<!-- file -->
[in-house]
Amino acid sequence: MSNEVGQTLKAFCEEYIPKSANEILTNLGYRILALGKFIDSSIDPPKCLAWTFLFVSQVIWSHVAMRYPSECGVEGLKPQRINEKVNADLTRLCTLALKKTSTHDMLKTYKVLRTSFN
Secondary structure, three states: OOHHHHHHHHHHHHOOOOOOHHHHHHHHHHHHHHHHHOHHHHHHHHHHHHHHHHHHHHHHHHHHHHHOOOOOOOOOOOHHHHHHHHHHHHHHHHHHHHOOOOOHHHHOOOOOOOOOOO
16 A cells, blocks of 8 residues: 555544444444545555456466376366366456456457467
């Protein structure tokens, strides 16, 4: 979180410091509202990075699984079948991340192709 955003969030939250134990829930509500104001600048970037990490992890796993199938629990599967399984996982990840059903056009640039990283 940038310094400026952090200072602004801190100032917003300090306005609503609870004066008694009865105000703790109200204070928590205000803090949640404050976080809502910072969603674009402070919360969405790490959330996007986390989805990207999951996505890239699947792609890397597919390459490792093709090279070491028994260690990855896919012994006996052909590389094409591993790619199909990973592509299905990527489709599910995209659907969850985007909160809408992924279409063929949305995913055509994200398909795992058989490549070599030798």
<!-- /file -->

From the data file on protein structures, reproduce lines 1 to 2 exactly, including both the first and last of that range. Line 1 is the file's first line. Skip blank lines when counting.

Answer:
[in-house]
Amino acid sequence: MSNEVGQTLKAFCEEYIPKSANEILTNLGYRILALGKFIDSSIDPPKCLAWTFLFVSQVIWSHVAMRYPSECGVEGLKPQRINEKVNADLTRLCTLALKKTSTHDMLKTYKVLRTSFN